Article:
ST: What inspired you to want to climb Mount Everest?
JT: When I first climbed Kinabalu (4095m) in Sabah, I was inspired by the sheer tiredness I had expended just to reach the summit. After admiring the beauty of the quietness and the cold air, I started making my way down. In my mind, I had the silent thought of “if I can climb Kinabalu, which is half the height of Everest, maybe I could climb Everest itself one day.”
I also read about the first Singapore Everest Team and was extremely inspired by the team who were legends in the mountaineering community. I have always had utmost repeat for these pioneers when I meet them and I still do. One phrase that one of the pioneers called Khoo Swee Chiow said was this, ” I don’t care if 7000 people have climb Everest, I want to see for myself whether I can do it.”
ST: How are you planning to help cancer patients this way?
JT: I’m planning to raise as much as I can and the proceeds will all be donated to the cancer community fund by National Cancer Centre Singapore. The patients will be given subsidies for treatments as well as medication which would help colon-rectal and breasts cancer patents seek the best treatment possible.
ST: I’m sure that other than the actual climb itself, planning and preparing for such a trip is a big task. Could you give us some insight to what are some of the things you have to do or sacrifice in order to be able to mount such an expedition?
JT: Time. For this Everest dream to be a reality, I personally placed a number of mountains that I have to summit in order to feel ready, physically and mentally. And these expeditions will take time to train and finally head for the expeditions. For example, I’m planning Cho Oyu in 2016, which is an 8000m peak, which will take about 2 months to climb. Also, I have put in my climbing training for the past 11 years and that to me is a lot of commitment to the sport.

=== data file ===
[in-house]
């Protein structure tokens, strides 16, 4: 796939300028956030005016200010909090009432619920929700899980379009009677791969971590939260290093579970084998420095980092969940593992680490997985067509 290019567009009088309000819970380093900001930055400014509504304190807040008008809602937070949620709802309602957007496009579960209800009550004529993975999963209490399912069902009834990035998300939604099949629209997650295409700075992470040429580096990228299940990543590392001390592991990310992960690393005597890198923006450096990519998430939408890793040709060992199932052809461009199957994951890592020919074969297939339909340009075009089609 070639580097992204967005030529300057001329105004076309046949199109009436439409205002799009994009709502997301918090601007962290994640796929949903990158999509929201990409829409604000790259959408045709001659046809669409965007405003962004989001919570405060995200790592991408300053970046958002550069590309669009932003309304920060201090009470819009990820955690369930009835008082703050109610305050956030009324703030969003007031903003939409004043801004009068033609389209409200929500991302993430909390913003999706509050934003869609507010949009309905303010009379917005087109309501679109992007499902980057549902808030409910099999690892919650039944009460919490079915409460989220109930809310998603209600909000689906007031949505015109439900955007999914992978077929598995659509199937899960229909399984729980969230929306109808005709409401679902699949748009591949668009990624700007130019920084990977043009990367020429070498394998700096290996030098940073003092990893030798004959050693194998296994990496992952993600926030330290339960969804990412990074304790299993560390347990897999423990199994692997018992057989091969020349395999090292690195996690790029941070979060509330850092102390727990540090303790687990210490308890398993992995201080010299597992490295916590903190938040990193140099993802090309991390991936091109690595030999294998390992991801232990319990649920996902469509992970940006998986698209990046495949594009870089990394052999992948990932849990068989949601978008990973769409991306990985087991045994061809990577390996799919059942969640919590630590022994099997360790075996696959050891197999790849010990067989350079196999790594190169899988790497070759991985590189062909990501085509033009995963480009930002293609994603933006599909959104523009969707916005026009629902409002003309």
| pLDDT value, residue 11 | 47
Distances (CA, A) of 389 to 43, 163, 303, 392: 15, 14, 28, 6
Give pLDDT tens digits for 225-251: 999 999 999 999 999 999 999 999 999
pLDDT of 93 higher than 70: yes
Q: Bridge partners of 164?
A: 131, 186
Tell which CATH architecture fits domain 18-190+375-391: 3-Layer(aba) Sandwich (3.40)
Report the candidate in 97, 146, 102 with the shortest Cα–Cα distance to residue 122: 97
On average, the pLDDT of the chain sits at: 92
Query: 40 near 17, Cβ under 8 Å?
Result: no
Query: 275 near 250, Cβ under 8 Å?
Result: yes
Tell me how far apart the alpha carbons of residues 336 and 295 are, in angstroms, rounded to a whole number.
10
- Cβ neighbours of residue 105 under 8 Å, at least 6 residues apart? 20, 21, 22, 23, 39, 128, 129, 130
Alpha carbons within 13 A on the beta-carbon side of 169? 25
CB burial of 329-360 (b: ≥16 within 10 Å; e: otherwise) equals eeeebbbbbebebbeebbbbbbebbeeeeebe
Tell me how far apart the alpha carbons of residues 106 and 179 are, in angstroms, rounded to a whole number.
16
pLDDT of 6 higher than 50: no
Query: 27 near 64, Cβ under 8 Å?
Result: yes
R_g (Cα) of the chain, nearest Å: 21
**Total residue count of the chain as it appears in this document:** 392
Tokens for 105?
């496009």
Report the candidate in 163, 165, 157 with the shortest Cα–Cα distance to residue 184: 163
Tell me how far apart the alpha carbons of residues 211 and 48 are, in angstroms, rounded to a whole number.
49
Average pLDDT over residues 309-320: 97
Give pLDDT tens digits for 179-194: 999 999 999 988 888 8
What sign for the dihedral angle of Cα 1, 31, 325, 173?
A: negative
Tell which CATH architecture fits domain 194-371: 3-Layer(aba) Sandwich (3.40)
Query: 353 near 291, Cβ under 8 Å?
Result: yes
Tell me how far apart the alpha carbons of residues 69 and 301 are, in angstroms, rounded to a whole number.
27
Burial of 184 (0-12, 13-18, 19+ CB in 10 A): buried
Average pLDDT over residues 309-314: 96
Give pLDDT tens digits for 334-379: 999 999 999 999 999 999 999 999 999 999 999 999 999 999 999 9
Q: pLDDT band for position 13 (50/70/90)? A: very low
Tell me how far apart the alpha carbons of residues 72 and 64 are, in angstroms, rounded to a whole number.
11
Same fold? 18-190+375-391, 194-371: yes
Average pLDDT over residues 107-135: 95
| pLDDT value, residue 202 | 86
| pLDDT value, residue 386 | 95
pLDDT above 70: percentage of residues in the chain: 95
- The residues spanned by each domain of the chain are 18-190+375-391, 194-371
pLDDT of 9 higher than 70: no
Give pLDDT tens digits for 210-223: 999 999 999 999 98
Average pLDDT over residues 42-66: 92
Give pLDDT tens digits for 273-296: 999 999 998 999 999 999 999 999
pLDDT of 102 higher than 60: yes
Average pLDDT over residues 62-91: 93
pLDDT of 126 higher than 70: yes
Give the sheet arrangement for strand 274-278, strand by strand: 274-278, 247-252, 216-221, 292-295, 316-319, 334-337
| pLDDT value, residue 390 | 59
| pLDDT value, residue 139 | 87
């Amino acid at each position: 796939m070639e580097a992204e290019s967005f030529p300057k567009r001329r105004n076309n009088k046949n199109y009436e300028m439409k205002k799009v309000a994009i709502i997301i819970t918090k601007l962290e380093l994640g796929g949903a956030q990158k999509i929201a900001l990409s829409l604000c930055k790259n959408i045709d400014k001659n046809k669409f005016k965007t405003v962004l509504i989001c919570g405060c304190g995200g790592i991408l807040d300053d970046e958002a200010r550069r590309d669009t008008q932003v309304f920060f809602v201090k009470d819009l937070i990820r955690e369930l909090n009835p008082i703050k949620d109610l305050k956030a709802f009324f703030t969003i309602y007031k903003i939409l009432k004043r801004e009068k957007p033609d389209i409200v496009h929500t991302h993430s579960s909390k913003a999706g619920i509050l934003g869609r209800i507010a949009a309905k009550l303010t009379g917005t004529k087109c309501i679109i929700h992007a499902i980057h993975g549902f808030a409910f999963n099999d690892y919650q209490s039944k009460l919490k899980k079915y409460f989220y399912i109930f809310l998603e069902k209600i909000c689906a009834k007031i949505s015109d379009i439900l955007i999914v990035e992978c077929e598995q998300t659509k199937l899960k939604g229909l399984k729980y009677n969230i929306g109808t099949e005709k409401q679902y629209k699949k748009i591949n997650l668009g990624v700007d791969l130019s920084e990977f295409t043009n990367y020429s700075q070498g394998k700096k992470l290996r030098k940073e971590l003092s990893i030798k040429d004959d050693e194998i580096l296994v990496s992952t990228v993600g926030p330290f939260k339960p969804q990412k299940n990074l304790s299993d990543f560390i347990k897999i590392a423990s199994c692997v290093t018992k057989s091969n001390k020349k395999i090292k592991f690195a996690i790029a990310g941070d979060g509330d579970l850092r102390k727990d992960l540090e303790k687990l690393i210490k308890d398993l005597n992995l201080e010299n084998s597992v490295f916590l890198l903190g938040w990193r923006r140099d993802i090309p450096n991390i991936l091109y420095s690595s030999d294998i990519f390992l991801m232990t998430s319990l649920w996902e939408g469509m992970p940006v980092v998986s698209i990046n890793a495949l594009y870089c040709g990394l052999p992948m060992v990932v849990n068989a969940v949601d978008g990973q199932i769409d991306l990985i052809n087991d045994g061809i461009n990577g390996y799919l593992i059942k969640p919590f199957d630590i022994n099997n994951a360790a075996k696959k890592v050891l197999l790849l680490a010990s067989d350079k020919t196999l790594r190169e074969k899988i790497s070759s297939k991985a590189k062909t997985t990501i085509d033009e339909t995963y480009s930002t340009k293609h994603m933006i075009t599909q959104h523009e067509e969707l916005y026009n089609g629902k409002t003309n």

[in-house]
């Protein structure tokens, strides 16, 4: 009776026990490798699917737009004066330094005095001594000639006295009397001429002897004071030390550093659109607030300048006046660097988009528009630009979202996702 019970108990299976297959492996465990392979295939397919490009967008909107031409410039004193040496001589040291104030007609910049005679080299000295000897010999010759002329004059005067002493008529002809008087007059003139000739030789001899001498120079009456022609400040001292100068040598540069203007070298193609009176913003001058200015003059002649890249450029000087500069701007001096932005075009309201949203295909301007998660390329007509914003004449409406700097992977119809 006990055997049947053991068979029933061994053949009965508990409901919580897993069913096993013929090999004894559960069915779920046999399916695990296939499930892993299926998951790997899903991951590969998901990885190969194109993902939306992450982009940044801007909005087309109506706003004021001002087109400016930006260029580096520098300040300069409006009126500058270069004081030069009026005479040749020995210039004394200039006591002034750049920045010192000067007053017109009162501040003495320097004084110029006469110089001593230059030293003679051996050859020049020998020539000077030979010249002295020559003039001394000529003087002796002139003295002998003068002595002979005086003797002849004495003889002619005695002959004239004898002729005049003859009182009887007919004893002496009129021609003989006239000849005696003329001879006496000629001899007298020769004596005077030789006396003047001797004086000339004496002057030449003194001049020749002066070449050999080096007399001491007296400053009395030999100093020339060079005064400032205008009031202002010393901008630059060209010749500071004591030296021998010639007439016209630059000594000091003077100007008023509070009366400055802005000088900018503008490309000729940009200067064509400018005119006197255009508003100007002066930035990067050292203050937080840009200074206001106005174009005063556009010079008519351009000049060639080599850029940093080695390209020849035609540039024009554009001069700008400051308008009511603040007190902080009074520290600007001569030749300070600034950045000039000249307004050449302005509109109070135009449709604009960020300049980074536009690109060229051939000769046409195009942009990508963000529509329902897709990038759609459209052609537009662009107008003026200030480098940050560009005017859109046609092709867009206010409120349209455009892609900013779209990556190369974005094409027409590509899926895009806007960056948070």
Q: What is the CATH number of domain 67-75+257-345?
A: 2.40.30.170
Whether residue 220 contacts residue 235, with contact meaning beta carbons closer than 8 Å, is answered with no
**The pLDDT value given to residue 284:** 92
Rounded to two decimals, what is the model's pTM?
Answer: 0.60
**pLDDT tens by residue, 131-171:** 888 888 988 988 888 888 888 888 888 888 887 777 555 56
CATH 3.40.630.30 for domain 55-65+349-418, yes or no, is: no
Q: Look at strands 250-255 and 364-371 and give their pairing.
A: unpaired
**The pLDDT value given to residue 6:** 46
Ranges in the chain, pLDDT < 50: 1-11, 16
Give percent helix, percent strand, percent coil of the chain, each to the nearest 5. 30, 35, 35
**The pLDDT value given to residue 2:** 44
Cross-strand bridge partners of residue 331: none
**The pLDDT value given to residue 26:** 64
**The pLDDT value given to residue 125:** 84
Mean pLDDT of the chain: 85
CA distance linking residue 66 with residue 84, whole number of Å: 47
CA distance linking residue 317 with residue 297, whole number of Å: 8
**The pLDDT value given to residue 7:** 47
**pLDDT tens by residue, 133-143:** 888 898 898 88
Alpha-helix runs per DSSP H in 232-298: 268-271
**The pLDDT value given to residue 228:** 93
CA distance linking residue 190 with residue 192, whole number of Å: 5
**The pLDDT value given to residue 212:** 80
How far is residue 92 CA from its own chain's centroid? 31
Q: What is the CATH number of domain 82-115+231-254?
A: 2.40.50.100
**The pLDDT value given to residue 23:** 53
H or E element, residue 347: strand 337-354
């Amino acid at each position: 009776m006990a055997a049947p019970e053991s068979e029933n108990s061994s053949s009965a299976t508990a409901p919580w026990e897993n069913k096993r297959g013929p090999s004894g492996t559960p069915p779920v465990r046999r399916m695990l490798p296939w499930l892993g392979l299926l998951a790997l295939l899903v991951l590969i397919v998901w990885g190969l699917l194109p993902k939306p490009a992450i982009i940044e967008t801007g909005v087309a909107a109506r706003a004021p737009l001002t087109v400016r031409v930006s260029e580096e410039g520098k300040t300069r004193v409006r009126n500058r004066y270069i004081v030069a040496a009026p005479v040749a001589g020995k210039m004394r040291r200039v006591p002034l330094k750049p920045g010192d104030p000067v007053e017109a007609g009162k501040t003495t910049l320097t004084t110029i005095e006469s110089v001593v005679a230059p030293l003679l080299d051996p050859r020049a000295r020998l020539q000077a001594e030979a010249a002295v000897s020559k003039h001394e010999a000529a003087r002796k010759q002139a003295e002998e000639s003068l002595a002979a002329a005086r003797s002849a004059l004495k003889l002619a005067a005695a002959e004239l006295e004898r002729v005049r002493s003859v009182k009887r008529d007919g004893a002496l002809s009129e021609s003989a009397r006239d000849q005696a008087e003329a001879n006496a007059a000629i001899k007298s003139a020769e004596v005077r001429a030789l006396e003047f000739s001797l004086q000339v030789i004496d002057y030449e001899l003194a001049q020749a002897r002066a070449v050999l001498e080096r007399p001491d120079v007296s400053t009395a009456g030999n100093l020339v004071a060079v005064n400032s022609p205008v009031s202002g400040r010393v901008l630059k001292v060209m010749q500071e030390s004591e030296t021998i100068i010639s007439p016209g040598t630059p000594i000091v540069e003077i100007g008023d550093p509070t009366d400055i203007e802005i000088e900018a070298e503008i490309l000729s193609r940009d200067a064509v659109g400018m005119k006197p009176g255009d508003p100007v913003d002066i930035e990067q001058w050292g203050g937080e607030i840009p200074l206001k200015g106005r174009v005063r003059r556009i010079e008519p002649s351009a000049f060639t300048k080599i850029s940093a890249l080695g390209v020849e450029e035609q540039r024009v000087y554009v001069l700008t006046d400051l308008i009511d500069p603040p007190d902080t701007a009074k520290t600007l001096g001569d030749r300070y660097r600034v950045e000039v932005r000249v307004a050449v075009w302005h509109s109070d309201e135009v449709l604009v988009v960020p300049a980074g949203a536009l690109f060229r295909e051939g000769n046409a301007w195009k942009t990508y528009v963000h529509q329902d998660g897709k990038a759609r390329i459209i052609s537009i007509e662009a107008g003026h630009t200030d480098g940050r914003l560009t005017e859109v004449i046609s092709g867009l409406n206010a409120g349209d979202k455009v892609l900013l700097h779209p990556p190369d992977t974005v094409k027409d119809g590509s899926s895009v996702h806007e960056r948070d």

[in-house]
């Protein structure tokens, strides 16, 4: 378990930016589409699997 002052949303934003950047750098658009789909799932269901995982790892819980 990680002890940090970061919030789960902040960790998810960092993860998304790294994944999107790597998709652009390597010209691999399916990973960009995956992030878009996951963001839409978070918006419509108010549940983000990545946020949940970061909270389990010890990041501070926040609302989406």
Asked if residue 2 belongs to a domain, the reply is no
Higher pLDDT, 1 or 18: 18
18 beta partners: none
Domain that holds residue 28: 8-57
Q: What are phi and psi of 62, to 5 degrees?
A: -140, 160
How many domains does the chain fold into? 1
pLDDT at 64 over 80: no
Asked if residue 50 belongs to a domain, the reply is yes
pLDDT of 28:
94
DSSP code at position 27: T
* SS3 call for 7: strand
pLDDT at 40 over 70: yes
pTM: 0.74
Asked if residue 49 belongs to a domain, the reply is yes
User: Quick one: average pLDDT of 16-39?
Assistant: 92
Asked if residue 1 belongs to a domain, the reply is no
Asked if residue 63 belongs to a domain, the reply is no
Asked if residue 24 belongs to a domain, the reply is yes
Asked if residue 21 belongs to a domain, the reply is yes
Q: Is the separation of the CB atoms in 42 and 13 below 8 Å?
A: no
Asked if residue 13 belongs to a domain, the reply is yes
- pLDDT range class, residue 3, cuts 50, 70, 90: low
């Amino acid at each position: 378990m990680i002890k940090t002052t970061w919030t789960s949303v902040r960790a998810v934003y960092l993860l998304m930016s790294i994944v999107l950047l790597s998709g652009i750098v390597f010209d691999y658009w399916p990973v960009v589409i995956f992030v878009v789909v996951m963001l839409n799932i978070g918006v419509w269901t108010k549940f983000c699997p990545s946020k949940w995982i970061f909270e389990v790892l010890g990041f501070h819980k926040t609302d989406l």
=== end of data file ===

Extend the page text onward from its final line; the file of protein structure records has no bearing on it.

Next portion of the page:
Everest is also a big financial obstacle as it is a physical challenge. The average cost per person can go as high as USD 40,000 just for the Everest expedition itself. This is not taking into account specialized high altitude equipment such as the down suit and double mountaineering boots which can cost USD 1000 each, costs of air tickets, other equipment etc.
I also have to set aside time to source for and meet sponsors to get funding. it is trying to get a win-win relationship with the sponsors that is the most challenging part to me. In addition, I liaise with my charity (The Cancer Community Fund by National Cancer Centre Singapore) frequently to ensure that the funds are handled properly and all these will take much effort.
Aside from that, I have to do physical training. Some of these include long distance 17-21km runs, stairs climbing of 10 sets of 31 stories with a 15kg backpack, and interval training. Right now, I am juggling all this with my internship and final year project preparation. It has been difficult but I try to train at least once a week now with a 17km run or intervals if there isn’t enough time. The training for me for Everest would have to be pumped even more and I would be committing one year of my life in 2016 to fully focus on climbing mountains around the world.
ST: More than 250 people have died attempting to reach the summit. Recently, there was the Everest base camp avalanche which occurred, killing over 26 people. It has been the deadliest disaster that has occurred on the mountain. How do you get over this mental hurdle and more importantly, ensure that you stay safe during your climb?
JT: To me, climbing is a very uncontrollable activity. You train your best in your home country and place your best effort in the mountains and hopefully it allows you to stand at its top. Disasters like avalanches and earthquakes are beyond our control but the best preparation one can do is to prepare like crazy with regards to logistics, finance and physical training. With regards to the mental hurdle, mountaineering is inevitably a high risk sport and one must be prepared not to come back alive.
ST: What is the best advice you have for those who also aspire to do what you do, or perhaps for life in general as they are facing insurmountable heights?
JT: Take the first step towards your passion or mountaineering in this context, the first step is always the hardest. A journey of a thousand miles begins with one single step. For Life in general is, if you fall, just remember to get up and and move again. And, if you are going through hell and suffering, just keep moving and you will get out of it.